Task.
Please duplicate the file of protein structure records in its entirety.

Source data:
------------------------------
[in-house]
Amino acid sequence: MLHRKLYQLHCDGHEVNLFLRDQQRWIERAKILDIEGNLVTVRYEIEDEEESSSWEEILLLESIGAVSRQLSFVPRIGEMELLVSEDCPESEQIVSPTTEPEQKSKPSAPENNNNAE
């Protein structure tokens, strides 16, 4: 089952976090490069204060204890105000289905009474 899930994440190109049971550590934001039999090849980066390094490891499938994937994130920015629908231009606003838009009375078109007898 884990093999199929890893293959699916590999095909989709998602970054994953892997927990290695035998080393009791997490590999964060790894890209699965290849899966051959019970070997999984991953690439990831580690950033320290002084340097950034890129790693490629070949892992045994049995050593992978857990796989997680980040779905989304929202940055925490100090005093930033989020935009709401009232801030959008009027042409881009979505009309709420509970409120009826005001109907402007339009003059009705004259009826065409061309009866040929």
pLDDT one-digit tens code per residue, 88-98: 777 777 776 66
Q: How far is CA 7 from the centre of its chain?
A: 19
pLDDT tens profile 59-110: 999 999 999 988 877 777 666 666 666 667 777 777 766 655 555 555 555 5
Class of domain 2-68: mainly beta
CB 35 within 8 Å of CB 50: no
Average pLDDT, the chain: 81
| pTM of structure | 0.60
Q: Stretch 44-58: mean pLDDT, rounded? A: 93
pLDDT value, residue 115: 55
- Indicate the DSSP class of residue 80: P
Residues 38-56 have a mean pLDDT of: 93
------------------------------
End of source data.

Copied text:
[in-house]
Amino acid sequence: MLHRKLYQLHCDGHEVNLFLRDQQRWIERAKILDIEGNLVTVRYEIEDEEESSSWEEILLLESIGAVSRQLSFVPRIGEMELLVSEDCPESEQIVSPTTEPEQKSKPSAPENNNNAE
């Protein structure tokens, strides 16, 4: 089952976090490069204060204890105000289905009474 899930994440190109049971550590934001039999090849980066390094490891499938994937994130920015629908231009606003838009009375078109007898 884990093999199929890893293959699916590999095909989709998602970054994953892997927990290695035998080393009791997490590999964060790894890209699965290849899966051959019970070997999984991953690439990831580690950033320290002084340097950034890129790693490629070949892992045994049995050593992978857990796989997680980040779905989304929202940055925490100090005093930033989020935009709401009232801030959008009027042409881009979505009309709420509970409120009826005001109907402007339009003059009705004259009826065409061309009866040929």
pLDDT one-digit tens code per residue, 88-98: 777 777 776 66
Q: How far is CA 7 from the centre of its chain?
A: 19
pLDDT tens profile 59-110: 999 999 999 988 877 777 666 666 666 667 777 777 766 655 555 555 555 5
Class of domain 2-68: mainly beta
CB 35 within 8 Å of CB 50: no
Average pLDDT, the chain: 81
| pTM of structure | 0.60
Q: Stretch 44-58: mean pLDDT, rounded? A: 93
pLDDT value, residue 115: 55
- Indicate the DSSP class of residue 80: P
Residues 38-56 have a mean pLDDT of: 93